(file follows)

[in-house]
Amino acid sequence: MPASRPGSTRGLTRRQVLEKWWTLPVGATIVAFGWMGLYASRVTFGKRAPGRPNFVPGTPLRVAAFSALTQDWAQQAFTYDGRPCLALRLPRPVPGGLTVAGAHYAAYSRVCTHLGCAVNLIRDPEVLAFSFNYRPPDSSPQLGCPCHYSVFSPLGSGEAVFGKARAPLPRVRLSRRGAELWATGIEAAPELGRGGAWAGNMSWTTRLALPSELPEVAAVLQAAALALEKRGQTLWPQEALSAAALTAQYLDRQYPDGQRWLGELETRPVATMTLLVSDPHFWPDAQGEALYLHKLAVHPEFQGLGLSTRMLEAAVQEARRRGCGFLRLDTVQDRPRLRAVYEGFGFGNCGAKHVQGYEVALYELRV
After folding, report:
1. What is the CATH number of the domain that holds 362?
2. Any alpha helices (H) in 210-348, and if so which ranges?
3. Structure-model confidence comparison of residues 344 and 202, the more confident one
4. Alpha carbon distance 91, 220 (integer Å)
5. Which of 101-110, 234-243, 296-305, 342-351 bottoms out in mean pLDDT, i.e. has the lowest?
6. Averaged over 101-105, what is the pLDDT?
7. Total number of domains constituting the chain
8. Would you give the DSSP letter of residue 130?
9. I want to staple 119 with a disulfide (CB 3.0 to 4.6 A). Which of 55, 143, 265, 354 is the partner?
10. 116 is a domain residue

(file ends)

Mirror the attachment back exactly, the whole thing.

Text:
[in-house]
Amino acid sequence: MPASRPGSTRGLTRRQVLEKWWTLPVGATIVAFGWMGLYASRVTFGKRAPGRPNFVPGTPLRVAAFSALTQDWAQQAFTYDGRPCLALRLPRPVPGGLTVAGAHYAAYSRVCTHLGCAVNLIRDPEVLAFSFNYRPPDSSPQLGCPCHYSVFSPLGSGEAVFGKARAPLPRVRLSRRGAELWATGIEAAPELGRGGAWAGNMSWTTRLALPSELPEVAAVLQAAALALEKRGQTLWPQEALSAAALTAQYLDRQYPDGQRWLGELETRPVATMTLLVSDPHFWPDAQGEALYLHKLAVHPEFQGLGLSTRMLEAAVQEARRRGCGFLRLDTVQDRPRLRAVYEGFGFGNCGAKHVQGYEVALYELRV
After folding, report:
1. What is the CATH number of the domain that holds 362?
2. Any alpha helices (H) in 210-348, and if so which ranges?
3. Structure-model confidence comparison of residues 344 and 202, the more confident one
4. Alpha carbon distance 91, 220 (integer Å)
5. Which of 101-110, 234-243, 296-305, 342-351 bottoms out in mean pLDDT, i.e. has the lowest?
6. Averaged over 101-105, what is the pLDDT?
7. Total number of domains constituting the chain
8. Would you give the DSSP letter of residue 130?
9. I want to staple 119 with a disulfide (CB 3.0 to 4.6 A). Which of 55, 143, 265, 354 is the partner?
10. 116 is a domain residue